Spring sojourn in Santa Fe: a brief exposure tutorial

Over the weekend, I took a break—in several ways. We took a family getaway to Santa Fe, New Mexico. I didn’t take a lot of photos, but I captured some diverse subjects and had fun using my full range of equipment, including my oft neglected 50mm prime lens. Technically, I took a break from HDR and tone mapped exposures. I chose not to rely totally on my camera’s built-in exposure metering or post-processing exposure blending techniques. I tried instead the aim off and re-frame technique to capture the ideal exposure. This is a basic professional technique that works like this:

1. Determine your key tone. A tone that’s not too dark or too light. It may be off-center or even out of frame. Half-depress your shutter to capture the exposure setting. On my Canon 50D, I press the AE (auto exposure) Lock button to “freeze” the exposure setting. Check your owner’s manual for specifics on how to lock the settings on your camera.

2. Re-frame the shot. I move the camera back to re-frame my subject, focus, then fully depress the shutter to take the shot.

For processing, Nik Silver Efex 2.0 was a natural fit with these very tonal compositions. I enjoyed experimenting with (simulated) film grain, flare and borders. I still have a lot to learn, but I’m pleased with the results. Let me know what you think. Share your perfect exposure method.

Corner of New Mexico History Museum with bronze kiva ladder sculpture.

Corner of New Mexico History Museum with bronze kiva ladder sculpture.

On the Historic Plaza in Santa Fe Next, the newly opened New Mexico History Museumfeatures permanent and temporary exhibitions that span the early history of indigenous people, Spanish colonization, the Mexican Period, and travel and commerce along the legendary Santa Fe Trail.

"Santa Fe Current" by Colette Hosmer, Santa Fe, NM

“Santa Fe Current” by Colette Hosmer, Santa Fe, NM

Santa Fe Current” is comprised of patterned Rio Grande Cutthroat Trout to simulate flowing water. This site-specific composition by Santa Fe artist Colette Hosmer features twenty-seven carved granite fish that analogize Santa Fe as a stream—fluid, vital and forward moving. The portrayal of Rio Grande Cutthroat Trout, New Mexico’s state fish, in this artwork supports environmental responsibility as a major focus. In the wild, the Rio Grande Cutthroat is an indicator species of a perfectly balanced ecology, as they can only thrive in the cleanest waters.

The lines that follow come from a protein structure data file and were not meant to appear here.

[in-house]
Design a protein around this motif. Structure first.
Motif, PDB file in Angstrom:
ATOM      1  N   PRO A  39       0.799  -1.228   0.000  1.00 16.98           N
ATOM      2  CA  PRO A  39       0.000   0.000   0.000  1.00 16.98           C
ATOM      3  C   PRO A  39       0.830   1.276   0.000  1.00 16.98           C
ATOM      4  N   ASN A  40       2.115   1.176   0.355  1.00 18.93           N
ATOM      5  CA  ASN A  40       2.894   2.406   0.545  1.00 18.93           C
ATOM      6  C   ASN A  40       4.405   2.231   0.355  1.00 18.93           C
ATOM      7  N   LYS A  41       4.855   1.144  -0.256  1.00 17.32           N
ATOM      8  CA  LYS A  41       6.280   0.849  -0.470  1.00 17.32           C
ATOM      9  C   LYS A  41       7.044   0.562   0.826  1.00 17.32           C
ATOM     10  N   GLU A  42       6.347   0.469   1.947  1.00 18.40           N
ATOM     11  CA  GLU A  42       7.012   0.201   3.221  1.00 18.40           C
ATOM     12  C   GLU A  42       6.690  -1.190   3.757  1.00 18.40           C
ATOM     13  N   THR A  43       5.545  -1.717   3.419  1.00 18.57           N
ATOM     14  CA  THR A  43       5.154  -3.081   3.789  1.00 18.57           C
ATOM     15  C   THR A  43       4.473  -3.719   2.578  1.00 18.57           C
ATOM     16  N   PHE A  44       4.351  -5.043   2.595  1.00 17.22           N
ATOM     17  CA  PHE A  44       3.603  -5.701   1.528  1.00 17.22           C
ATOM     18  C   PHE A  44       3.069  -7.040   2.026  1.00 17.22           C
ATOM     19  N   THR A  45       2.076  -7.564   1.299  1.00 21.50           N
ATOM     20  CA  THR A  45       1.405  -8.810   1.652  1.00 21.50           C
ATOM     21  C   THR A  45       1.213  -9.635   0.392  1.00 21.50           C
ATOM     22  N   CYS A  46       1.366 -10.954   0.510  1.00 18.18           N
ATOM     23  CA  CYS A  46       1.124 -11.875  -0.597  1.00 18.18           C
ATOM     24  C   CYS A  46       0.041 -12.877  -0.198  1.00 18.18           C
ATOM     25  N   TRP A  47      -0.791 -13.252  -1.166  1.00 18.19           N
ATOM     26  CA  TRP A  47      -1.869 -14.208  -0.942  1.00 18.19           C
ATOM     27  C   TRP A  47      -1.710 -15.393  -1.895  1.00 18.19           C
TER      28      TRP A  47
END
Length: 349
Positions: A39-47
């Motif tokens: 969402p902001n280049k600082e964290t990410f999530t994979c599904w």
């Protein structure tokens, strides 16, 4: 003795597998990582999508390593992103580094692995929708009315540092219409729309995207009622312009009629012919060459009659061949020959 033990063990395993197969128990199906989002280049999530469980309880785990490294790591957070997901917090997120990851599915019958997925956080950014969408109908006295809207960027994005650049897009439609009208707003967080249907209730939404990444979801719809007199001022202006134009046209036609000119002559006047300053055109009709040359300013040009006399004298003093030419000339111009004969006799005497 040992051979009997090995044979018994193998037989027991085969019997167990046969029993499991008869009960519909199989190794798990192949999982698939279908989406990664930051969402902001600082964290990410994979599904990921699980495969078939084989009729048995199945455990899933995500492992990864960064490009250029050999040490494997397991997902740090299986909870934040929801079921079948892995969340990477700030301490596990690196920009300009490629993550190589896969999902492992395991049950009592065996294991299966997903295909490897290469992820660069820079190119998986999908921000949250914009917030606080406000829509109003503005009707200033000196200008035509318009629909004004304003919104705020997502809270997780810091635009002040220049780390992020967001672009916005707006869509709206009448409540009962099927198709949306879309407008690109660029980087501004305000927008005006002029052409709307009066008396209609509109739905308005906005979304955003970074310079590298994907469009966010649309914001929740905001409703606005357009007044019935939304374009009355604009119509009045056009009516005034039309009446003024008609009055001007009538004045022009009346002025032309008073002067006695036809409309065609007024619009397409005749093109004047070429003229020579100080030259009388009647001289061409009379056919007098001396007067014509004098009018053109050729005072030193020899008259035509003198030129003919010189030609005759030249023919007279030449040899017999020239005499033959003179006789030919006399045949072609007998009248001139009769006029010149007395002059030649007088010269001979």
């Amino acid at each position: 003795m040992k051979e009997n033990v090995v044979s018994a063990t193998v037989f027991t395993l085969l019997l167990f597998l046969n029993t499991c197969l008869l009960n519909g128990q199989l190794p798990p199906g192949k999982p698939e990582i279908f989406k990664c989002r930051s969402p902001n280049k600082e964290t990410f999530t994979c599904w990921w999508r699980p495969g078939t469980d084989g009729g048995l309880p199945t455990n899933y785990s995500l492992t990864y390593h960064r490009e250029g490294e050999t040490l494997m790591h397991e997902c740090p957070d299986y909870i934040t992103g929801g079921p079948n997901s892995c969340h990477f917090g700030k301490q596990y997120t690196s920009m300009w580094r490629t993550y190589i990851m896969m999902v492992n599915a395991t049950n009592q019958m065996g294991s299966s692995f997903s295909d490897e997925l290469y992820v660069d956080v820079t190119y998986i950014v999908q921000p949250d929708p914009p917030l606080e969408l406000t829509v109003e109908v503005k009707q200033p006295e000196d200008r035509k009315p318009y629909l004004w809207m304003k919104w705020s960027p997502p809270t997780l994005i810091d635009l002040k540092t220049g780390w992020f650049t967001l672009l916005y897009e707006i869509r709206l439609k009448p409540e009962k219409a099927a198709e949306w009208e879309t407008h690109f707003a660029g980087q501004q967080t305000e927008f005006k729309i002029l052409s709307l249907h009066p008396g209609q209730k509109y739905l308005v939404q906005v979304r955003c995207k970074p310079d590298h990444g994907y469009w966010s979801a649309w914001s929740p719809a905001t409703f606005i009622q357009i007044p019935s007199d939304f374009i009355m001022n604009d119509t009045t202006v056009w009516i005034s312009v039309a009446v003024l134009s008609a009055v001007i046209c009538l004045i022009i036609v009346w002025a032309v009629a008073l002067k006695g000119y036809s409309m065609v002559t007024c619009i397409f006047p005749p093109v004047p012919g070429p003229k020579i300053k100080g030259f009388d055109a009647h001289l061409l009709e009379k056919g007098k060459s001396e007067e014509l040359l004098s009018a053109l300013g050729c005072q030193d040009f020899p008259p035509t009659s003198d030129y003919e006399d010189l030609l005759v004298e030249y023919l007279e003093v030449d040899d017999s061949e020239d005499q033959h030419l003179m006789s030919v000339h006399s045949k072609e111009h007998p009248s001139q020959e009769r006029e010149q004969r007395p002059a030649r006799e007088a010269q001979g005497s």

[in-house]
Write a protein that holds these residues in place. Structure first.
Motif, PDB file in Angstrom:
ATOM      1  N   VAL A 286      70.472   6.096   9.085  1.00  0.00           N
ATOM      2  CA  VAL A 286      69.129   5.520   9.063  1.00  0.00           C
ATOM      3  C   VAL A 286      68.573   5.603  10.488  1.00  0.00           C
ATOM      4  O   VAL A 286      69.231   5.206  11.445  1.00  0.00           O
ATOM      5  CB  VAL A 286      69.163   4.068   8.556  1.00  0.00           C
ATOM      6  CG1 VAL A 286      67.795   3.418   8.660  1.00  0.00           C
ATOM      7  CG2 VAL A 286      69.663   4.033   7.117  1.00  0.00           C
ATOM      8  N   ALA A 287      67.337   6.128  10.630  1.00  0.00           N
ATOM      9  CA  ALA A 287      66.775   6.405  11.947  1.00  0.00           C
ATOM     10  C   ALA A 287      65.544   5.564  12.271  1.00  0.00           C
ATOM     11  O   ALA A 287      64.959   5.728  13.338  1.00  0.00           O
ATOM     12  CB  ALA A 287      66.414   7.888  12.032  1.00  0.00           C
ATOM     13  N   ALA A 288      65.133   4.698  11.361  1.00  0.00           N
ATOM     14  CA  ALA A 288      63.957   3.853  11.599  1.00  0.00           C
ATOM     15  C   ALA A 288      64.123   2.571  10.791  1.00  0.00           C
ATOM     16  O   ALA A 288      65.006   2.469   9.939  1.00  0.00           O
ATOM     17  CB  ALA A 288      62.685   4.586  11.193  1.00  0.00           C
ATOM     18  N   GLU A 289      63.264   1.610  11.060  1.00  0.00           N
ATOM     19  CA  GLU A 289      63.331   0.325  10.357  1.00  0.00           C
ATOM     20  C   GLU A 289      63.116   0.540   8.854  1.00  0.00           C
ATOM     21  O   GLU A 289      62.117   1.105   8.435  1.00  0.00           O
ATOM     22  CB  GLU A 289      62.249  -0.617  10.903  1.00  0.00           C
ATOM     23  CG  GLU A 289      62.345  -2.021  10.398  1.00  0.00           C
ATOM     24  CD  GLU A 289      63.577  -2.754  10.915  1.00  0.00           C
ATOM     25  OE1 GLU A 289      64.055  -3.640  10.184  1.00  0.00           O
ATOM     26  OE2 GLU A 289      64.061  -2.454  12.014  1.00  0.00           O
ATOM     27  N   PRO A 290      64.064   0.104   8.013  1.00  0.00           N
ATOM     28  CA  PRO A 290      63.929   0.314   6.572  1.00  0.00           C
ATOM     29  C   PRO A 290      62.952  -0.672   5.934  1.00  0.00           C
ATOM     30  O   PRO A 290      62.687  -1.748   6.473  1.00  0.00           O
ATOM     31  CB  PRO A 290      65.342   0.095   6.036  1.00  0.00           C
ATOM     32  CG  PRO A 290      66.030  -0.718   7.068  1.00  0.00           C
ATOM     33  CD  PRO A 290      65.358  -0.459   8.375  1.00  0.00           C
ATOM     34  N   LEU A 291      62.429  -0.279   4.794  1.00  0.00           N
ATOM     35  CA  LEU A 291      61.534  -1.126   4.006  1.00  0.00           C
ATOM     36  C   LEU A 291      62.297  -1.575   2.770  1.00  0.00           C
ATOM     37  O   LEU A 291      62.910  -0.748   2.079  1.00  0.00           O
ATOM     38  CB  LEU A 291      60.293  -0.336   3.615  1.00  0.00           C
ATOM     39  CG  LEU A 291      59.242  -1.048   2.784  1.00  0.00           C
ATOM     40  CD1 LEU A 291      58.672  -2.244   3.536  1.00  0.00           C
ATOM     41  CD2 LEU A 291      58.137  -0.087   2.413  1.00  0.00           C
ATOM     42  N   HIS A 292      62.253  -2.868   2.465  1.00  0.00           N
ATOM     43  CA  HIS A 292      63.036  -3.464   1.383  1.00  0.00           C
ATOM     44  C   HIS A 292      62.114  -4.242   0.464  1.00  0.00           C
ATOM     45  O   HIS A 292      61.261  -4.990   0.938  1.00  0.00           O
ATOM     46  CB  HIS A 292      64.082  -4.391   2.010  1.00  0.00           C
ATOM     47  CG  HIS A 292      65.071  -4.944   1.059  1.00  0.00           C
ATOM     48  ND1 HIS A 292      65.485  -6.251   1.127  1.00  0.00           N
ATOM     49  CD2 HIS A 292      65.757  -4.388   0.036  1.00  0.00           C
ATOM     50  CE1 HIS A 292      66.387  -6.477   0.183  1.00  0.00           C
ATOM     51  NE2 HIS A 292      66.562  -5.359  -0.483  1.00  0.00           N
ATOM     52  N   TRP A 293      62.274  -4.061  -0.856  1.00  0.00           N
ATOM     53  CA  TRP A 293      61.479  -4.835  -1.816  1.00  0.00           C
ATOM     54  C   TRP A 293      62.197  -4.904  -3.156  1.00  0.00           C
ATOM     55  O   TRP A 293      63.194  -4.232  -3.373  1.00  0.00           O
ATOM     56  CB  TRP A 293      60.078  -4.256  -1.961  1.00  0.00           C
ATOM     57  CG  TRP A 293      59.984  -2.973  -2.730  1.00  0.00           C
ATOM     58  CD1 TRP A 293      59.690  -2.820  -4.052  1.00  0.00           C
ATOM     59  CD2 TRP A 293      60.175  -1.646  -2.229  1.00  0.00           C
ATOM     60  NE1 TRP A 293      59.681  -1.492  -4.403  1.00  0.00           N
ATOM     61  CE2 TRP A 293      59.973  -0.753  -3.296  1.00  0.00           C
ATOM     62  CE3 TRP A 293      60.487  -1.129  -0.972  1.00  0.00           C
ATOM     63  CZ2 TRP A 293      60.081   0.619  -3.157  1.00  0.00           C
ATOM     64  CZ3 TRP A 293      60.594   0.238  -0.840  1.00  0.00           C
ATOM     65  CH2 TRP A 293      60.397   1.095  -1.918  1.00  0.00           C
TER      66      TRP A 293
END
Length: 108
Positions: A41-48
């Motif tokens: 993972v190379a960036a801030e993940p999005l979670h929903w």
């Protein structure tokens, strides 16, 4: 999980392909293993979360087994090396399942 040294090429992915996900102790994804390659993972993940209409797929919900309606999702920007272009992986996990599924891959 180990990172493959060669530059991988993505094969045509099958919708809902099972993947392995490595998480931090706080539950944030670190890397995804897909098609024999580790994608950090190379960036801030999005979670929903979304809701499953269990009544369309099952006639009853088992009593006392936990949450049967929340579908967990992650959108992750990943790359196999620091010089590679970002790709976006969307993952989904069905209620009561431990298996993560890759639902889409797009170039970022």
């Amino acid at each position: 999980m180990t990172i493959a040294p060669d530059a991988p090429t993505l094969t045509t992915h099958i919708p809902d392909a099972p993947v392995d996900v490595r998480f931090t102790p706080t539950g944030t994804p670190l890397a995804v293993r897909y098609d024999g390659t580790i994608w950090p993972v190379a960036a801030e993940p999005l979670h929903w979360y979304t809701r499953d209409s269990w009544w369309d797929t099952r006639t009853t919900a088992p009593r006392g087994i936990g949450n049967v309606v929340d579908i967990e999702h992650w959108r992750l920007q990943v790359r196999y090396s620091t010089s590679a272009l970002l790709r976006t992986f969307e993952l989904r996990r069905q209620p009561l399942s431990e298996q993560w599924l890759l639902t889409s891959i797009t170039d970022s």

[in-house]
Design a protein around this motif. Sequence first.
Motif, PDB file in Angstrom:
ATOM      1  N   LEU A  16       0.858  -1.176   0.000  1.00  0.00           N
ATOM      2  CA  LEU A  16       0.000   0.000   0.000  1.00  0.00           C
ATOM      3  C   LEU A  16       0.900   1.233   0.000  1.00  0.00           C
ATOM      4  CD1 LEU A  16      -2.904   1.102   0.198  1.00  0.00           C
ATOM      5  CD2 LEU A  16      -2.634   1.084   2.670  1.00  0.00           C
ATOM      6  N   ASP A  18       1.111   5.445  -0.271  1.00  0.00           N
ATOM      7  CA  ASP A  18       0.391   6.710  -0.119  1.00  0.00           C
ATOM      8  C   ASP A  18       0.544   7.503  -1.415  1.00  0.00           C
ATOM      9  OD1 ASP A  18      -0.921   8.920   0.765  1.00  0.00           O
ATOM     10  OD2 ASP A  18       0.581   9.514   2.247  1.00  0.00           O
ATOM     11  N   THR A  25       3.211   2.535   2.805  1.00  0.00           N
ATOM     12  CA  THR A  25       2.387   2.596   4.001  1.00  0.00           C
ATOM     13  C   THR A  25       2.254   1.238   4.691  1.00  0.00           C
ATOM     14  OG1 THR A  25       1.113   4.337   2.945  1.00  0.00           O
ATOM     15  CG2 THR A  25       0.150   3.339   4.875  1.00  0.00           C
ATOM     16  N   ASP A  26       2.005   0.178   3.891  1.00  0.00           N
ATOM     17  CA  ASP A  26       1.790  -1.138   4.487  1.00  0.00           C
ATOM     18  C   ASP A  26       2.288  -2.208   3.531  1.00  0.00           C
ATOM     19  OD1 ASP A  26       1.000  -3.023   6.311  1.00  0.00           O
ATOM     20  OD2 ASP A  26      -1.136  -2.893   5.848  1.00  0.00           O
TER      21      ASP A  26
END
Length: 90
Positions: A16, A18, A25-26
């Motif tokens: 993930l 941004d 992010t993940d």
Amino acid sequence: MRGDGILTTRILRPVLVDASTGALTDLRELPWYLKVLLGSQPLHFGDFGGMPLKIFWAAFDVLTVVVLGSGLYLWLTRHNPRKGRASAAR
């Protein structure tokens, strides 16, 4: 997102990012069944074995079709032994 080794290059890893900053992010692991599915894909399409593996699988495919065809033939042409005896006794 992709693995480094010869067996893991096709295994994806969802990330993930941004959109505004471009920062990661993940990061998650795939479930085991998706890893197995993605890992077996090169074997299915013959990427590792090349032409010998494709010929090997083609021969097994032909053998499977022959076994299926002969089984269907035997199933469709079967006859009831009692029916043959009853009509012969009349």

Antique two-wheeled cart, Santa Fe, NM

Antique two-wheeled cart, Santa Fe, NM

Antique shops and art galleries abound along the Santa Fe Plaza, adjacent alleys and avenidas. Hope you enjoyed this brief tutorial break. Next stop, it’s back to Hong Kong for more photos from my Asian excursion. Stay tuned!

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9 Comments

  1. Jim Denham
    March 23, 2011

    Great work Chris. Until this post, I really could see no reason for the Ae lock, but now I see the use. well done!

    Reply
  2. Toad Hollow Photography
    March 23, 2011

    Wow Chris, I love today’s post. The images are just wonderful, with the last one with the antique cart being my hands-down favorite! Great stuff, looking forward to more from your Asian excursion!!
    Toad Hollow Photography recently posted..Victoria ArchitectureMy Profile

    Reply
  3. Mark Blundell
    March 23, 2011

    nice instructional post. Really like the cart – lovely image – well taken.
    Mark Blundell recently posted..Manor House B – We All Go A Little Mad SometimesMy Profile

    Reply
  4. Viveca Koh
    March 23, 2011

    That’s a good technique Chris, I used to use that a lot when I had a manual SLR with spot metering. I’m liking the look of those Nik filters – I normally shun post production filters as I prefer to do everything myself (because I’m a control freak about my work), but these are some that I have been considering, because I miss the look you get with a fast B&W film. The results look pretty good, you have some great shots here!
    Viveca Koh recently posted..Suitcases on shelves at West Park abandoned asylum by Viveca KohMy Profile

    Reply
  5. Chris Kenison
    March 24, 2011

    Wow, Chris! Great post. I abs. LOVE the last image of the cart! Well done!
    Chris Kenison recently posted..An Obsession- BridgesMy Profile

    Reply
  6. Nathan Schepker
    March 24, 2011

    Wow, great collection and post! Really like the cart as well – very rustic feel.
    Nathan Schepker recently posted..The Lunch Break Series 10My Profile

    Reply
  7. Viveca Koh
    April 5, 2011

    I can now confirm that Silver Efex Pro is a fantastic piece of software for black and white processing, and the results are WAY better than anything I could achieve manually in Photoshop – I shall never look back again 🙂

    Reply
  8. Chris Wray
    April 5, 2011

    Now that’s a ringing endorsement! I’m delighted you’ve added Silver Efex to your repertoire of processing technique. Have fun! 🙂

    Reply
  9. Brian Furbush
    April 13, 2011

    Great shots Chris! Love your processing choices here, and first shot is my fave!
    Brian Furbush recently posted..Simple EleganceMy Profile

    Reply

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